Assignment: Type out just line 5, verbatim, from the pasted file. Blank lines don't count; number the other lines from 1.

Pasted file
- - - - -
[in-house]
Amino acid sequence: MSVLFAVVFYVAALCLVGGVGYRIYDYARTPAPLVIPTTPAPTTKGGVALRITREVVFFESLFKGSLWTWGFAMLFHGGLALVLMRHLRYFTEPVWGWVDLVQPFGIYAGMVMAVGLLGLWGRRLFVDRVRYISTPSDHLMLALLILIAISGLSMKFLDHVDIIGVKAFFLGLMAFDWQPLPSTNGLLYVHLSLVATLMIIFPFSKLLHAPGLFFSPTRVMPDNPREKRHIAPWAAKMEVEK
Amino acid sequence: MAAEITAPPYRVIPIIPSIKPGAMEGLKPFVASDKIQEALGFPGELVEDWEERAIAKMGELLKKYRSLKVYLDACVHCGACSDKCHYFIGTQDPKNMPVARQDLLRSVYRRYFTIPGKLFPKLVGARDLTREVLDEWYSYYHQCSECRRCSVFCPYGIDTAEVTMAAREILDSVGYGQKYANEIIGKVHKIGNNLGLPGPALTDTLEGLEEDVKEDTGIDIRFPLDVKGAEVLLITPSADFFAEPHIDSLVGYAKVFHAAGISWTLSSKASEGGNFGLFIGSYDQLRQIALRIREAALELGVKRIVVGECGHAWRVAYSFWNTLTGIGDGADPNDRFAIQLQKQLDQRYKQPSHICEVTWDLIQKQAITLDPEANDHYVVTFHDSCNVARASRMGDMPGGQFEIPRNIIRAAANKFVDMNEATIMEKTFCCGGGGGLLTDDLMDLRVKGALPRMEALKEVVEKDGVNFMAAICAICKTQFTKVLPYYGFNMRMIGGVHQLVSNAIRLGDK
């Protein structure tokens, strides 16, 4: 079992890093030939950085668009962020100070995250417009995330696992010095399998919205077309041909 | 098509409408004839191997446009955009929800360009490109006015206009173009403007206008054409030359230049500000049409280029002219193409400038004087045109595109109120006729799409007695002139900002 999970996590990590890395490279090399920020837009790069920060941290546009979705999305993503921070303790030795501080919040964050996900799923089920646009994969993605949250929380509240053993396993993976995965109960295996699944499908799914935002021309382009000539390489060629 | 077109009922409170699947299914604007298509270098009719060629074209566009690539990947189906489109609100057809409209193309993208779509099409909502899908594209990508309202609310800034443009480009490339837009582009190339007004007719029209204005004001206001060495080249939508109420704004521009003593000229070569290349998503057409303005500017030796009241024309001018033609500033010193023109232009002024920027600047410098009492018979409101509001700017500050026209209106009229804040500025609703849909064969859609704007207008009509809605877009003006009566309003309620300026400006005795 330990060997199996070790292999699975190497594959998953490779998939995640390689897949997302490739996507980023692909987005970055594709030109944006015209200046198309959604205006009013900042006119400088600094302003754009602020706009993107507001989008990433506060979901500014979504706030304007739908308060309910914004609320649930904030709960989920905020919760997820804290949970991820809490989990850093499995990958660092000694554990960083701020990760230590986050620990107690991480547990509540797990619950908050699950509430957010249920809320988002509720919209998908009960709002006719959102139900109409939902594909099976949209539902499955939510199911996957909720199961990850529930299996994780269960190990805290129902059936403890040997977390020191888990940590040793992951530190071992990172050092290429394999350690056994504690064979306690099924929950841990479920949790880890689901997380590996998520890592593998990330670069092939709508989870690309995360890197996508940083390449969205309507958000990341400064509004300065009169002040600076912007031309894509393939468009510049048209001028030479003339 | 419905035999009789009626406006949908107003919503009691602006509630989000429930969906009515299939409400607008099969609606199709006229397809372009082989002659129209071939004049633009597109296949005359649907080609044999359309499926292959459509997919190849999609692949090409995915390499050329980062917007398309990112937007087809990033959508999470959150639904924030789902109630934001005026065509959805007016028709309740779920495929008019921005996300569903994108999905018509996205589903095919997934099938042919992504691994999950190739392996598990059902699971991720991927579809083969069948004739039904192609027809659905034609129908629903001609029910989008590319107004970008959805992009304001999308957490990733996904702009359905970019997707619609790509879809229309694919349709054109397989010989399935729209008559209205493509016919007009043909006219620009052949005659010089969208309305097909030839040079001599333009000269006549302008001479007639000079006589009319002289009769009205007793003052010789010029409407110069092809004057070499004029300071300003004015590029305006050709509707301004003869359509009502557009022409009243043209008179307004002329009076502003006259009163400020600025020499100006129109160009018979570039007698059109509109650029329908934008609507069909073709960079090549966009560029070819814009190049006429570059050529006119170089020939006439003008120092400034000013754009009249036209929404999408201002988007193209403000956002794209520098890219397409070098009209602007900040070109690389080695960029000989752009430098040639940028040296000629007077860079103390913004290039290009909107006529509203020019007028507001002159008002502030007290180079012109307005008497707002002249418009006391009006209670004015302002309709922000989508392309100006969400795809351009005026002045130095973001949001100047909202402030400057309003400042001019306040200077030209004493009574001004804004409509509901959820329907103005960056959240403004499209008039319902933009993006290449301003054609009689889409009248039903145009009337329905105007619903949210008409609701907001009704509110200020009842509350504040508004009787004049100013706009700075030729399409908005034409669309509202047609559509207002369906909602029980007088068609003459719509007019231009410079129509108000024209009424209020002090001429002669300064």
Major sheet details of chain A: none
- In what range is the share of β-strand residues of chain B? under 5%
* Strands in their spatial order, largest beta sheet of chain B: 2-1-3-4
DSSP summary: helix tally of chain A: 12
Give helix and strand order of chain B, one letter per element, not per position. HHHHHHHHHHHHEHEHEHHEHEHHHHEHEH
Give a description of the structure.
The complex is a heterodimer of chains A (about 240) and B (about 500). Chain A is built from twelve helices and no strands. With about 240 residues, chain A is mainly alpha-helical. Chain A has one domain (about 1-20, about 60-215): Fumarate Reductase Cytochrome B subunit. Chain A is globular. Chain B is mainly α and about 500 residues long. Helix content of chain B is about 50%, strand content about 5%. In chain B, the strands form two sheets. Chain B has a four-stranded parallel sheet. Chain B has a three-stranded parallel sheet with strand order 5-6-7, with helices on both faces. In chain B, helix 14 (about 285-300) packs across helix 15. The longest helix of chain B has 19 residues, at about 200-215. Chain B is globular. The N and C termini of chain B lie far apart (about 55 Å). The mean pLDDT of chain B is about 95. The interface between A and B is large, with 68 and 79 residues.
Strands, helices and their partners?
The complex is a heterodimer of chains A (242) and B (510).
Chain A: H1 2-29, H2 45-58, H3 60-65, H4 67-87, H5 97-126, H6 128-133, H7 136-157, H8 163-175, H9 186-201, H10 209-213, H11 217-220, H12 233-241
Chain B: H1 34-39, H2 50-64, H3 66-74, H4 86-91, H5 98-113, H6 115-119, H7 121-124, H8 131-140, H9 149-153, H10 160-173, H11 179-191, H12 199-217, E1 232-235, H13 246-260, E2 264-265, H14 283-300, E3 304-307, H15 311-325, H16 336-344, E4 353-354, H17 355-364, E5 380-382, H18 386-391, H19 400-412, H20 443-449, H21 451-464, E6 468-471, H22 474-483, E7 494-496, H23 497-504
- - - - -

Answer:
Major sheet details of chain A: none